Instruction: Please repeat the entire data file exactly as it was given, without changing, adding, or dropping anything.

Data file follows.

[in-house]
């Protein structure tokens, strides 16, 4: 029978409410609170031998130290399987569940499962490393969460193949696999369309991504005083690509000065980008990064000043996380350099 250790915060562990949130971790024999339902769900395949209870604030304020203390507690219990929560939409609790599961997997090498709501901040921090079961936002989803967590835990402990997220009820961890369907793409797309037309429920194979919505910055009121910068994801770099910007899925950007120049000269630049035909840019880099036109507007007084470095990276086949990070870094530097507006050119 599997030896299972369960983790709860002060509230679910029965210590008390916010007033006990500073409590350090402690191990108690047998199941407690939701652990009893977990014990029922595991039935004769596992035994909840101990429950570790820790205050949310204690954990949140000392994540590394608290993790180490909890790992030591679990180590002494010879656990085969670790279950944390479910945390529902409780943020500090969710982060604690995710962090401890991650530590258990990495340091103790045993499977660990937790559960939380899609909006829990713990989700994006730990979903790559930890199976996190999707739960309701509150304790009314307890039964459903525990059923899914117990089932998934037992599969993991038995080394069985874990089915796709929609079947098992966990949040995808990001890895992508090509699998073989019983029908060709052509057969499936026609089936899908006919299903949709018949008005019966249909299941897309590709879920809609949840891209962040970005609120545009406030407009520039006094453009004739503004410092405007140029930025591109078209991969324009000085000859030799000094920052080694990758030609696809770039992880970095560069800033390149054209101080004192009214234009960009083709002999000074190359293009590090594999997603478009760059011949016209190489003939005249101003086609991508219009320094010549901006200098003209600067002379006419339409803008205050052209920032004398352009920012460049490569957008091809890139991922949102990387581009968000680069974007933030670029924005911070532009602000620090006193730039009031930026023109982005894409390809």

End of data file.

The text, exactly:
[in-house]
């Protein structure tokens, strides 16, 4: 029978409410609170031998130290399987569940499962490393969460193949696999369309991504005083690509000065980008990064000043996380350099 250790915060562990949130971790024999339902769900395949209870604030304020203390507690219990929560939409609790599961997997090498709501901040921090079961936002989803967590835990402990997220009820961890369907793409797309037309429920194979919505910055009121910068994801770099910007899925950007120049000269630049035909840019880099036109507007007084470095990276086949990070870094530097507006050119 599997030896299972369960983790709860002060509230679910029965210590008390916010007033006990500073409590350090402690191990108690047998199941407690939701652990009893977990014990029922595991039935004769596992035994909840101990429950570790820790205050949310204690954990949140000392994540590394608290993790180490909890790992030591679990180590002494010879656990085969670790279950944390479910945390529902409780943020500090969710982060604690995710962090401890991650530590258990990495340091103790045993499977660990937790559960939380899609909006829990713990989700994006730990979903790559930890199976996190999707739960309701509150304790009314307890039964459903525990059923899914117990089932998934037992599969993991038995080394069985874990089915796709929609079947098992966990949040995808990001890895992508090509699998073989019983029908060709052509057969499936026609089936899908006919299903949709018949008005019966249909299941897309590709879920809609949840891209962040970005609120545009406030407009520039006094453009004739503004410092405007140029930025591109078209991969324009000085000859030799000094920052080694990758030609696809770039992880970095560069800033390149054209101080004192009214234009960009083709002999000074190359293009590090594999997603478009760059011949016209190489003939005249101003086609991508219009320094010549901006200098003209600067002379006419339409803008205050052209920032004398352009920012460049490569957008091809890139991922949102990387581009968000680069974007933030670029924005911070532009602000620090006193730039009031930026023109982005894409390809």